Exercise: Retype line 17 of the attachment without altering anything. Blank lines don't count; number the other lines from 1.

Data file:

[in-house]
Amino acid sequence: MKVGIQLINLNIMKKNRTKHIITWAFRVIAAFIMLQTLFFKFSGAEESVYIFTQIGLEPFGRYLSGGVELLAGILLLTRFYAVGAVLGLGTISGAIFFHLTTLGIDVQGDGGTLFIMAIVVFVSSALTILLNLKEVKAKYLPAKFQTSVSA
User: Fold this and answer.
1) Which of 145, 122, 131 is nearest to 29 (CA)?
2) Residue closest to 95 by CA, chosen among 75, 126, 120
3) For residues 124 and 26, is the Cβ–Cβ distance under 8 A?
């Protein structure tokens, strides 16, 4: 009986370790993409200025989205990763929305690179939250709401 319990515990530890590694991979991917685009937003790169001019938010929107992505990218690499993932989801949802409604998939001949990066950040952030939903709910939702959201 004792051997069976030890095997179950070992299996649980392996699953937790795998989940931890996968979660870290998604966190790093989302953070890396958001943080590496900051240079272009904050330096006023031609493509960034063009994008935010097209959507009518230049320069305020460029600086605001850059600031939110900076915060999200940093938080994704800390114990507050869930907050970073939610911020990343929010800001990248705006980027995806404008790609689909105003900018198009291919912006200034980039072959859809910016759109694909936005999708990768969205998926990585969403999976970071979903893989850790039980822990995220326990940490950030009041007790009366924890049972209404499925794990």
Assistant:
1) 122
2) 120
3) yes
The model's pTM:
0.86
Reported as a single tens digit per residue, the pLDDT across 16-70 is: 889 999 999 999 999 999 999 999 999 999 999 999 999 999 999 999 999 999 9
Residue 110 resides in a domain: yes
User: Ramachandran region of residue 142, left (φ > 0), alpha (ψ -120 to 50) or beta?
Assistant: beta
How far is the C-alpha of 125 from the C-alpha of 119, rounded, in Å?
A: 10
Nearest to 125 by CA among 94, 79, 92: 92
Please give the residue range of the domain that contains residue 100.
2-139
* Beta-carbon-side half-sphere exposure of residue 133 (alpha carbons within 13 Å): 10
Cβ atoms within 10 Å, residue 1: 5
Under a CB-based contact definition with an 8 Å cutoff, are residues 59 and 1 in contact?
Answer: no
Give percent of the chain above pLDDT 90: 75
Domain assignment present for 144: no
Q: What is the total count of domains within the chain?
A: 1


Assistant: beta